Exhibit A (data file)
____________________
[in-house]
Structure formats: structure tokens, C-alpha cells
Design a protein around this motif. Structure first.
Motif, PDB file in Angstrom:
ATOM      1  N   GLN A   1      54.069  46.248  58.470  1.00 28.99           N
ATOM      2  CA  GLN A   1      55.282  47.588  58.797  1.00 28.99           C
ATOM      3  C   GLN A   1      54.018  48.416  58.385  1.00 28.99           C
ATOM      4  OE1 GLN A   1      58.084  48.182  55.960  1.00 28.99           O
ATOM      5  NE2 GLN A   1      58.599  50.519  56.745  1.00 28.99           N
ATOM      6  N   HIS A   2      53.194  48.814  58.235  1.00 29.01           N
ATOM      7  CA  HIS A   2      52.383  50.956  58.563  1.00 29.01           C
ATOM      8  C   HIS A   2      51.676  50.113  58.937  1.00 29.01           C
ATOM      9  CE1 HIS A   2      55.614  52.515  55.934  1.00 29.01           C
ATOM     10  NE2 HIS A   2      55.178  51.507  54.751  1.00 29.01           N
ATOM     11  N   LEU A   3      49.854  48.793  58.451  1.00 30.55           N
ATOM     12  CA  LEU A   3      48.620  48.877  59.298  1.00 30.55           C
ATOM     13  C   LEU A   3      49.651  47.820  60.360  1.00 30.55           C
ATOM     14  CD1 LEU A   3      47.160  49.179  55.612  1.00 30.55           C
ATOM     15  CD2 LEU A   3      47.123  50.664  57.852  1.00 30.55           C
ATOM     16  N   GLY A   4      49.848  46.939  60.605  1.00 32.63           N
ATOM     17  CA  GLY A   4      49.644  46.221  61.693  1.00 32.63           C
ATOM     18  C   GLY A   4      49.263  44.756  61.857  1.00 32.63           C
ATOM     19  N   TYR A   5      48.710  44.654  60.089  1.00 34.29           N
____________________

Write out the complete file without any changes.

[in-house]
Structure formats: structure tokens, C-alpha cells
Design a protein around this motif. Structure first.
Motif, PDB file in Angstrom:
ATOM      1  N   GLN A   1      54.069  46.248  58.470  1.00 28.99           N
ATOM      2  CA  GLN A   1      55.282  47.588  58.797  1.00 28.99           C
ATOM      3  C   GLN A   1      54.018  48.416  58.385  1.00 28.99           C
ATOM      4  OE1 GLN A   1      58.084  48.182  55.960  1.00 28.99           O
ATOM      5  NE2 GLN A   1      58.599  50.519  56.745  1.00 28.99           N
ATOM      6  N   HIS A   2      53.194  48.814  58.235  1.00 29.01           N
ATOM      7  CA  HIS A   2      52.383  50.956  58.563  1.00 29.01           C
ATOM      8  C   HIS A   2      51.676  50.113  58.937  1.00 29.01           C
ATOM      9  CE1 HIS A   2      55.614  52.515  55.934  1.00 29.01           C
ATOM     10  NE2 HIS A   2      55.178  51.507  54.751  1.00 29.01           N
ATOM     11  N   LEU A   3      49.854  48.793  58.451  1.00 30.55           N
ATOM     12  CA  LEU A   3      48.620  48.877  59.298  1.00 30.55           C
ATOM     13  C   LEU A   3      49.651  47.820  60.360  1.00 30.55           C
ATOM     14  CD1 LEU A   3      47.160  49.179  55.612  1.00 30.55           C
ATOM     15  CD2 LEU A   3      47.123  50.664  57.852  1.00 30.55           C
ATOM     16  N   GLY A   4      49.848  46.939  60.605  1.00 32.63           N
ATOM     17  CA  GLY A   4      49.644  46.221  61.693  1.00 32.63           C
ATOM     18  C   GLY A   4      49.263  44.756  61.857  1.00 32.63           C
ATOM     19  N   TYR A   5      48.710  44.654  60.089  1.00 34.29           N